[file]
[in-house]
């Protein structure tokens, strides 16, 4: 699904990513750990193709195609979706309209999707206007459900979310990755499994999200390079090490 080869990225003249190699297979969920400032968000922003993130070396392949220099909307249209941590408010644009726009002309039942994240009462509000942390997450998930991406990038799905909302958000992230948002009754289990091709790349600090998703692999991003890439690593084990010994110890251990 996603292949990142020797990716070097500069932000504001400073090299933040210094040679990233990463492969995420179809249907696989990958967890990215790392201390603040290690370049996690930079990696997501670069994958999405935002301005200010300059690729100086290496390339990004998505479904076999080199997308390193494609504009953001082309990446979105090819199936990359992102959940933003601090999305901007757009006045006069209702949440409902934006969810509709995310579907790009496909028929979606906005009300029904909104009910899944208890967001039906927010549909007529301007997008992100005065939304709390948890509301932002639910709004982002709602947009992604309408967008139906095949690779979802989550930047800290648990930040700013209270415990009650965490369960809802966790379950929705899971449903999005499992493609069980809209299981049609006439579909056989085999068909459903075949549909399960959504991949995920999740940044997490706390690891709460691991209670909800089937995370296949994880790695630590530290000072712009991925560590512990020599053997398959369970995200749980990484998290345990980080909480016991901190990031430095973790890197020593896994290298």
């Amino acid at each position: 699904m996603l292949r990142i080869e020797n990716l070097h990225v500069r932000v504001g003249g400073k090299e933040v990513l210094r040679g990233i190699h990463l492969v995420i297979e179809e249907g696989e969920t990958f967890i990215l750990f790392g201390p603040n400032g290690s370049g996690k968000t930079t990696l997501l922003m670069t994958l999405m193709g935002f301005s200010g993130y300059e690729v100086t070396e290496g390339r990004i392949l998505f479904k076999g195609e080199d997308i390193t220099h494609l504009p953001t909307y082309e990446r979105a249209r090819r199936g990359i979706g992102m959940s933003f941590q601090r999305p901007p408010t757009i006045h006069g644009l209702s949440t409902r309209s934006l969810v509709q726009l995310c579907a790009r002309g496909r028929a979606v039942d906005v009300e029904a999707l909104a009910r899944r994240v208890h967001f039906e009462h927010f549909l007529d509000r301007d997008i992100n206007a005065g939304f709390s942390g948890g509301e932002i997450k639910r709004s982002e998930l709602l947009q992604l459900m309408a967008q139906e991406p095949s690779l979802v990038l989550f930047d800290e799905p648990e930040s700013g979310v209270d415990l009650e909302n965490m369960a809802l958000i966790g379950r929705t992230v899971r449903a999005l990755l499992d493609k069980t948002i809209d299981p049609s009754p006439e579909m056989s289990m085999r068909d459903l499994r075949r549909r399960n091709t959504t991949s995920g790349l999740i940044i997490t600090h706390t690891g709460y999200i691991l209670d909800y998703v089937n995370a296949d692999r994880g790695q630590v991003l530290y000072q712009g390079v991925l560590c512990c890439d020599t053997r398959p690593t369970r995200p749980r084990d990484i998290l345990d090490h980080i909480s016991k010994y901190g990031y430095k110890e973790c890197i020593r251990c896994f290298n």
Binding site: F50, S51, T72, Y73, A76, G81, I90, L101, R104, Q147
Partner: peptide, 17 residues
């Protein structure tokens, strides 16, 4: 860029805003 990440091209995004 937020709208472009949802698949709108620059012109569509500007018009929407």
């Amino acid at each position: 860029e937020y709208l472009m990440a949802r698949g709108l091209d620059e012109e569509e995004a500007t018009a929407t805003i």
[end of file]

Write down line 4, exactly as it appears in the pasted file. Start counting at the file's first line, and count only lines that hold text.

Binding site: F50, S51, T72, Y73, A76, G81, I90, L101, R104, Q147